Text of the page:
Getting your story placed on a high profile blog is a good thing, right?  Lot’s of eyeballs eyeing your clients story.  One of these high profile blogs, the Huffington Post, is eyeing new readers with it’s Patch network of hyperlocal sites, and a new venture aimed at teenagers.

This news dropped friday around lunch time in North America so it mostly didn’t get a lot of play, but it’s picking up steam on monday as (paid) bloggers are latching on to the HuffPo’s business model: we pay in Whuffie.

There’s an unending supply of fresh graduates and inexperienced writers for whom the opportunity to work with a real editor (probably) is a good payment for 500 words of churn.  I’m not going to go deep into the morals of this business model (it’s short-sighted and exploitative) or into the economics of new media journalism (it’s broken). For the purposes of this blog, I bring it up to call attention to our audience as marketers.

This is who you’re pitching to.  For the unpaid writer, putting out something that will pull a lot of eyes might get them a paid gig writing elsewhere.  Their byline (and personal brand) are going to be all over their stories and the further those stories go, the better.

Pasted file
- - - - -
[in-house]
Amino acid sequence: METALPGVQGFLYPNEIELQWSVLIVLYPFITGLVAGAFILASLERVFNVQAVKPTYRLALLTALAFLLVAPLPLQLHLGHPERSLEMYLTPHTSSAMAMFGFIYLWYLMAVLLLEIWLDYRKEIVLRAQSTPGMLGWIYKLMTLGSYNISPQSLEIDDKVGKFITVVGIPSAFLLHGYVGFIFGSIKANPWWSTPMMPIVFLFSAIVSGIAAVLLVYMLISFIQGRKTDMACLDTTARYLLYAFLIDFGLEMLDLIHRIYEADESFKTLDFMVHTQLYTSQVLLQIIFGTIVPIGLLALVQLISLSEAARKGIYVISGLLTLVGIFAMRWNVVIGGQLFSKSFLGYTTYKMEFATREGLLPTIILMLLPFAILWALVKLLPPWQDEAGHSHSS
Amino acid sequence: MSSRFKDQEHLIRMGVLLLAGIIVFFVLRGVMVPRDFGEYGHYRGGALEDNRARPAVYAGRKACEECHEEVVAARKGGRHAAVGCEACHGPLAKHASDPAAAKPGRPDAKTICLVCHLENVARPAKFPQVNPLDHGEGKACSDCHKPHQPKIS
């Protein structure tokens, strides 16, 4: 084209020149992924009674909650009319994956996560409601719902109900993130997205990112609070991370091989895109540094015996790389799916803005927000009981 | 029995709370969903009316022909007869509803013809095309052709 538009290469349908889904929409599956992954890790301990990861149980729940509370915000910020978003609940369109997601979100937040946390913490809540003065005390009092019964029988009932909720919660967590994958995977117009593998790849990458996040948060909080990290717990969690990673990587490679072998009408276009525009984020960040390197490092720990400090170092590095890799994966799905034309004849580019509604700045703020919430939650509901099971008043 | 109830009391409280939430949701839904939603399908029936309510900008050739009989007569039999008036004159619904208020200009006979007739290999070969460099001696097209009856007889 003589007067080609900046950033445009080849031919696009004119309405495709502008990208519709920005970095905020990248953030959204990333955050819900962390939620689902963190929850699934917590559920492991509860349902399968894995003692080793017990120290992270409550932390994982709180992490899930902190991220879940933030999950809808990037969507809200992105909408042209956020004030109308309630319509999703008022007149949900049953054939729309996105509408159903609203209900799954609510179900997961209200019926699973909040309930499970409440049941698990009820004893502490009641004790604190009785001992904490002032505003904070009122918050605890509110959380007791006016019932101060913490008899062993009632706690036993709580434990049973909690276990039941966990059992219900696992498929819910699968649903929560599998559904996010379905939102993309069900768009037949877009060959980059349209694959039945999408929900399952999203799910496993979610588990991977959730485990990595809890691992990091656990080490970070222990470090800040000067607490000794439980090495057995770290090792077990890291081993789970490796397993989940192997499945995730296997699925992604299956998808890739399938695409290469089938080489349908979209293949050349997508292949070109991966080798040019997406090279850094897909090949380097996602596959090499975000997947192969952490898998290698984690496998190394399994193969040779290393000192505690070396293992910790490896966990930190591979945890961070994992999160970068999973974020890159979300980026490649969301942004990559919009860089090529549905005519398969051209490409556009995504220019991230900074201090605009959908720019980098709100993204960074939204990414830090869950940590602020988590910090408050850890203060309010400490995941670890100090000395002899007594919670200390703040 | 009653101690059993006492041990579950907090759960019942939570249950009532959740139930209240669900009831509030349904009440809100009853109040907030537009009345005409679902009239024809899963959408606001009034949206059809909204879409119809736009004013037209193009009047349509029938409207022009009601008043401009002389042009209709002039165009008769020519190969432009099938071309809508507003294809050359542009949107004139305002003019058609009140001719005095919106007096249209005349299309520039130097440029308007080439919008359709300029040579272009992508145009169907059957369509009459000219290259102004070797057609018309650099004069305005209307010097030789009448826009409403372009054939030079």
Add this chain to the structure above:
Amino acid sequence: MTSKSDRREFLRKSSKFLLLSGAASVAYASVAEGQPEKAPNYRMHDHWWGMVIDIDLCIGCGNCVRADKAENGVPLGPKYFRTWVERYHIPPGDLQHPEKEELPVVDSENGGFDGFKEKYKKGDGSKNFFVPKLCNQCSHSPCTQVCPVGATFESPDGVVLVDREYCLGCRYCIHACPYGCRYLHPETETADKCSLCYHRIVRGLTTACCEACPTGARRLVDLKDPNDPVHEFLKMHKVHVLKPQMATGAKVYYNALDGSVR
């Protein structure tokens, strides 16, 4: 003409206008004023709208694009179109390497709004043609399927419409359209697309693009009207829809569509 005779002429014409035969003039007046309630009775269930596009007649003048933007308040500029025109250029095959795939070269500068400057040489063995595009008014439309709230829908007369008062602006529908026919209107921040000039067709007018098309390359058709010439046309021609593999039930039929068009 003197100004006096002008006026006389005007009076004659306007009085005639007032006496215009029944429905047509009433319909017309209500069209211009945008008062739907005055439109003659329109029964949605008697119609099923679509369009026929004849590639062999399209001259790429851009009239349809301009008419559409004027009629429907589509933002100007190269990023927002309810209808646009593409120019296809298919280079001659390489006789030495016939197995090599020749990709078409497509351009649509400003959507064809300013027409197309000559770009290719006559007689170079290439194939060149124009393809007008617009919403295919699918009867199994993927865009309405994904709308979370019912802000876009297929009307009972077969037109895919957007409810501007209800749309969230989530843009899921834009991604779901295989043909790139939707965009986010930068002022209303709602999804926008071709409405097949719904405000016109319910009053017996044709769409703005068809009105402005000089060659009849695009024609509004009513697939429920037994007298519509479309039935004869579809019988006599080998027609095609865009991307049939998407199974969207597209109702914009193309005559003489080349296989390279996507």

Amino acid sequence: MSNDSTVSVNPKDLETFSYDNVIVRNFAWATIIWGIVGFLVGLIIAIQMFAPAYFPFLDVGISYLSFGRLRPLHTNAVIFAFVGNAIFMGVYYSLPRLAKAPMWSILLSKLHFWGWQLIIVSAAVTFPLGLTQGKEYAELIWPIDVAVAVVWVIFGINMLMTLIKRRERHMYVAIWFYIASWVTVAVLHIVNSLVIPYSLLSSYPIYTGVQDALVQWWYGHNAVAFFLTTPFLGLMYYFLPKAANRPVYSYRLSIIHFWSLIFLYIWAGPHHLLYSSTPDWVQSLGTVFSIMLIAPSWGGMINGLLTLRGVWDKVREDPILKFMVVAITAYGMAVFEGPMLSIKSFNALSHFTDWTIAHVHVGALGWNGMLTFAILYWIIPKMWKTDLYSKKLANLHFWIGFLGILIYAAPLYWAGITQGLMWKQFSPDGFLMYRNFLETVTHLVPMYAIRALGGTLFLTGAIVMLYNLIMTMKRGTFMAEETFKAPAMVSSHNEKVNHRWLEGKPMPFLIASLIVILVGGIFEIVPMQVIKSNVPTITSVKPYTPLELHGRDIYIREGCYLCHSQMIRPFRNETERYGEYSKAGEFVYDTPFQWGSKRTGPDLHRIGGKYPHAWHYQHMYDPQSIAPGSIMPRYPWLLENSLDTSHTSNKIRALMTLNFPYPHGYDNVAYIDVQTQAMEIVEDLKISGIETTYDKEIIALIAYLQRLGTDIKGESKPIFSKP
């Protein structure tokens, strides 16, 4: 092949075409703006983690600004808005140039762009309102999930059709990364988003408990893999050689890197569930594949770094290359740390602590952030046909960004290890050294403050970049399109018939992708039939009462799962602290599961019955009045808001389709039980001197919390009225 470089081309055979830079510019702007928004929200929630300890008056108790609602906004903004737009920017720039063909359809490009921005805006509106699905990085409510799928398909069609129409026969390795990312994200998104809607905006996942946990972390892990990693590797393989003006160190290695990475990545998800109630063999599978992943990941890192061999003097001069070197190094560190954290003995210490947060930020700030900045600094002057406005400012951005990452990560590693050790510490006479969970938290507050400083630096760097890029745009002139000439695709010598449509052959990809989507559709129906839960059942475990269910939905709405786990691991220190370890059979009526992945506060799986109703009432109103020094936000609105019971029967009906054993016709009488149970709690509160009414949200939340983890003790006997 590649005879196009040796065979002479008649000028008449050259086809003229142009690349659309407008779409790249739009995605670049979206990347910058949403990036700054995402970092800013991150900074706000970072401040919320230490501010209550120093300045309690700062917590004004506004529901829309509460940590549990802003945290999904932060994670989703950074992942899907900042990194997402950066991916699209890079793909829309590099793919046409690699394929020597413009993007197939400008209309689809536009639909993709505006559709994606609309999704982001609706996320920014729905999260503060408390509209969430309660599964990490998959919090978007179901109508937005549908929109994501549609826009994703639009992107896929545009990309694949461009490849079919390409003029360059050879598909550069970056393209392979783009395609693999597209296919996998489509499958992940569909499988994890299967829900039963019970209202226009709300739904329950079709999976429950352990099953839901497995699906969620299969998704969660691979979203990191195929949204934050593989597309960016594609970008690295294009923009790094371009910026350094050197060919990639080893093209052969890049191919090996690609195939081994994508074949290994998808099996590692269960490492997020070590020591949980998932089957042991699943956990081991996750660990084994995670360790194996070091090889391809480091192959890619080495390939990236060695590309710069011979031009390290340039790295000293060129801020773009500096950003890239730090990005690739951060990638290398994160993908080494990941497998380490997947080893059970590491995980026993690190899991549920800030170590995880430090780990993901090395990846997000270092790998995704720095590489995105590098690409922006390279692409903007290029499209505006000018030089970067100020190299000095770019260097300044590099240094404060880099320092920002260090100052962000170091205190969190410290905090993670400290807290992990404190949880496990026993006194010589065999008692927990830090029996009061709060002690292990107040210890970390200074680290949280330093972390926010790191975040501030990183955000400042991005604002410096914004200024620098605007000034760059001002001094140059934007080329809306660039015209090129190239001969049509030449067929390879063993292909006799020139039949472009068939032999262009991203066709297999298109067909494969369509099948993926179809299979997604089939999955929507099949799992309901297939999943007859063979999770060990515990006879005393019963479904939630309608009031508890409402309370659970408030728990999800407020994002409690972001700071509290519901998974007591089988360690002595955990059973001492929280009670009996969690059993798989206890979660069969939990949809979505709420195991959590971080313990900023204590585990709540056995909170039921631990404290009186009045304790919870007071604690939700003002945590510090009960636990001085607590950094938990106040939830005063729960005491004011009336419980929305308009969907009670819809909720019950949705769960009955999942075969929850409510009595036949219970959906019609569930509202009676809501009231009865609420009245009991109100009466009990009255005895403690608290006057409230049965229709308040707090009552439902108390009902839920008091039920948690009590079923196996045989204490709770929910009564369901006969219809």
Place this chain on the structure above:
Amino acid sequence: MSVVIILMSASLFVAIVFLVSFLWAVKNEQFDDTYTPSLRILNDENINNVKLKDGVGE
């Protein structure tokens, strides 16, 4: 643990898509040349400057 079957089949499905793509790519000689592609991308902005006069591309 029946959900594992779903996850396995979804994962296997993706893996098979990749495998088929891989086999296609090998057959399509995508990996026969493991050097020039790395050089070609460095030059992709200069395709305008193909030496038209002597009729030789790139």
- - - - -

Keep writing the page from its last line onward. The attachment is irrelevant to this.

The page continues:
And for the paid writers, many of whom are working on a churn business model, they need their prose to be quick, snappy and most of all effortless.  Even paid bloggers need to produce a lot, which doesn’t necessarily give them time for thoughtful analysis or even careful reading of a press release.  A snappy paragraph or two might be all they could manage about your product, event or service.   A quick look at “cool tools” sites like “The Awesomer” or Uncrate” gives a sense of their output.